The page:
One of the cardinal rules of stand-up comedy is to never go over your time. If you are told you’ve got 5 minutes, then you have 5 minutes. Not 7 minutes, not 6, not even 5 1/2–it means you have 300 seconds.
So naturally I’ve become accustomed to people respecting that… but that doesn’t always happen at work. It seems like every meeting I’m in goes long because one topic took more time than it was supposed to according to the agenda (and you should have an agenda). There are times when it’s “necessary” to go long and delay other things, but most of the time it’s the result of someone talking too much. To me, even “necessary” discussions should be parked (put in the “parking lot” to be discussed in a follow-up meeting) until the appropriate time (i.e. when you’re not delaying a meeting).
I’ve noticed that this is especially irritating if I’m either the agenda owner for the meeting, or have an agenda topic. Going over your time is a sign of disrespect saying “I don’t care what else we have to cover in the rest of this meeting, what I have to say is more important.” What makes it “fun” is that some (often?) times the person delaying everything is the senior person at the meeting.
So what can we do about these long-winded talkers delaying our meetings? This is where you can apply some a few techniques from the stand-up comedy world:
- Make it clear how much time they have. Let everyone (especially the presenters) know how much time has been allotted for the current topic.
- Have a signal. Decide, before-hand, how you are going to signal to the person that they need to wrap up. In stand-up, the common practice is to use a flashlight at the back of the room. If the comedian gets 15 minutes of stage time, they get a light with 5 minutes remaining, and then again with 1 minute. Tell the presenters what your signal will be and when you will give it to them (e.g. “2 minutes left”).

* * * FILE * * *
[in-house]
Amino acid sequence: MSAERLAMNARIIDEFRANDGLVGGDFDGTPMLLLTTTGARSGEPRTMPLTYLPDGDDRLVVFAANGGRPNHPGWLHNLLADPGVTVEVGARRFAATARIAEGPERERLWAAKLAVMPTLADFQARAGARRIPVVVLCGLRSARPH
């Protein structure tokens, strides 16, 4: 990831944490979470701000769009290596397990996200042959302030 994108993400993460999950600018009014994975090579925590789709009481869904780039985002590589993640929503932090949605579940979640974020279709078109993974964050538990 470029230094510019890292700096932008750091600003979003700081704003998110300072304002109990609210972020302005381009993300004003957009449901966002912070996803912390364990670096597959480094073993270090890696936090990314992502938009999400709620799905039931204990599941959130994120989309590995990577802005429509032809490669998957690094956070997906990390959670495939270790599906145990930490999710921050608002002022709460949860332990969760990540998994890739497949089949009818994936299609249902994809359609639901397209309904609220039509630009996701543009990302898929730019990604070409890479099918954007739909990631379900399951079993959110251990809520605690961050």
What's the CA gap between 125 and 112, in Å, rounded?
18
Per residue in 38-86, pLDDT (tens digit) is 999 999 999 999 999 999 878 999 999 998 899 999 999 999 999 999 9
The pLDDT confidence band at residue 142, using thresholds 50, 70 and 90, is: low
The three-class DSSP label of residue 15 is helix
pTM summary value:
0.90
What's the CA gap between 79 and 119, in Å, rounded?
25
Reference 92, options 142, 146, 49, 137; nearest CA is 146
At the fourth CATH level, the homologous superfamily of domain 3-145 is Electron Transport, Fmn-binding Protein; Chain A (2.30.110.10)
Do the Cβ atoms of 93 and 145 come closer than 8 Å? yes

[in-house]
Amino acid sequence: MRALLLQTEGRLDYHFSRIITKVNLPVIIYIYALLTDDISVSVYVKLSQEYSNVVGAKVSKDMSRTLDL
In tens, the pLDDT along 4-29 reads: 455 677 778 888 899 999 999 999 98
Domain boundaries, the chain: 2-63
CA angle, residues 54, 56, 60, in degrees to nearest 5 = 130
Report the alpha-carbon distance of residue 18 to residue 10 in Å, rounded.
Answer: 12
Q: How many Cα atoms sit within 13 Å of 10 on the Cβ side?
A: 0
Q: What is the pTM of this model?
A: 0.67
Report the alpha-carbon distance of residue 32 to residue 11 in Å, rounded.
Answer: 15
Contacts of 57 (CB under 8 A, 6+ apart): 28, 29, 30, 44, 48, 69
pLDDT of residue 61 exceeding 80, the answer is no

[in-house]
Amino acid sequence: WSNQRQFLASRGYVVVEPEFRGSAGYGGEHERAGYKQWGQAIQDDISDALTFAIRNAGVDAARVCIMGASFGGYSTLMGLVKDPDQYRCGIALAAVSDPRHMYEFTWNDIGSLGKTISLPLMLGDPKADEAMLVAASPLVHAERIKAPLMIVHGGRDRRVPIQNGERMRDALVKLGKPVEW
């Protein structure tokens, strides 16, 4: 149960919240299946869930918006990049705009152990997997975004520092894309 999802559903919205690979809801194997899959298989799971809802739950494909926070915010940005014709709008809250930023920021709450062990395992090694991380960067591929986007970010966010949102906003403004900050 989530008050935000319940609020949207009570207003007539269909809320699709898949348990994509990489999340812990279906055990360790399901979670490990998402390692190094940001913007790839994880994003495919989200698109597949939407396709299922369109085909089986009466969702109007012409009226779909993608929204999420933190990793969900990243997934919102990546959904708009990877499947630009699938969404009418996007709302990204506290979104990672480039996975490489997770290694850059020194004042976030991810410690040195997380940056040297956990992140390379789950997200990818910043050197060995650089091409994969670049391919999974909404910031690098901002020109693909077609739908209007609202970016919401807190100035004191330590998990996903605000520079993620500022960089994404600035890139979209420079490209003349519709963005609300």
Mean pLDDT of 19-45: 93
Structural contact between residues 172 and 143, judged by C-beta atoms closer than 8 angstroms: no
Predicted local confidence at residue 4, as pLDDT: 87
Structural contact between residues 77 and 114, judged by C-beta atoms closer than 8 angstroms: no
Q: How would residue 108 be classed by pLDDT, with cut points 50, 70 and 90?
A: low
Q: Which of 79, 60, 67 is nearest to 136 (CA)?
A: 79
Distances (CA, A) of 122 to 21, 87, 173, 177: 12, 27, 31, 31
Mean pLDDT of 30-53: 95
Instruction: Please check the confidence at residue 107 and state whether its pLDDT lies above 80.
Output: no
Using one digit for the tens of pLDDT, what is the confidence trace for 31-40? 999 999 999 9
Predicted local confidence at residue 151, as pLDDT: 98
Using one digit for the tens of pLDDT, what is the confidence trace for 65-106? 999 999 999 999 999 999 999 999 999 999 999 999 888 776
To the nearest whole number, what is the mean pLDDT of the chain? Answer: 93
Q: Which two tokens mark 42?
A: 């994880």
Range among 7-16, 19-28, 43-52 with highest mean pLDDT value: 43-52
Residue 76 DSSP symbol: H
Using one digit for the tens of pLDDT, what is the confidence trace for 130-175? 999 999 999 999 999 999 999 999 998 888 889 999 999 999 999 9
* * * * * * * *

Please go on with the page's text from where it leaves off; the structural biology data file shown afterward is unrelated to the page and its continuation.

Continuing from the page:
- Stick to your guns. Be willing to stop people when they’ve gone over their time. Comedians generally get a grace period of 30 seconds to 1 minute. After that, the sound guy cuts the mic. You won’t always have a mic, or control of it, so just speak up and move the meeting along (yes it’s rude to interrupt, but it’s also rude to go over your time).
One important thing to keep in mind is that being firm doesn’t mean being impolite. As long as everyone is clear of the expectations up front, and you approach this in a nice manner, most people will appreciate that you value their time and end the meeting on schedule. It’s also smart to note the topics that you cut off, and review them at the end of the meeting suggesting follow up discussions should take place to adequately cover them.
And if this terrifies you, don’t worry. You’ll only have to do it once or twice before Pavlov takes over and everyone knows that they must end on time. Not only does this make your job easier, but people learn to truly respect the time on the agenda, and you for running efficient meetings.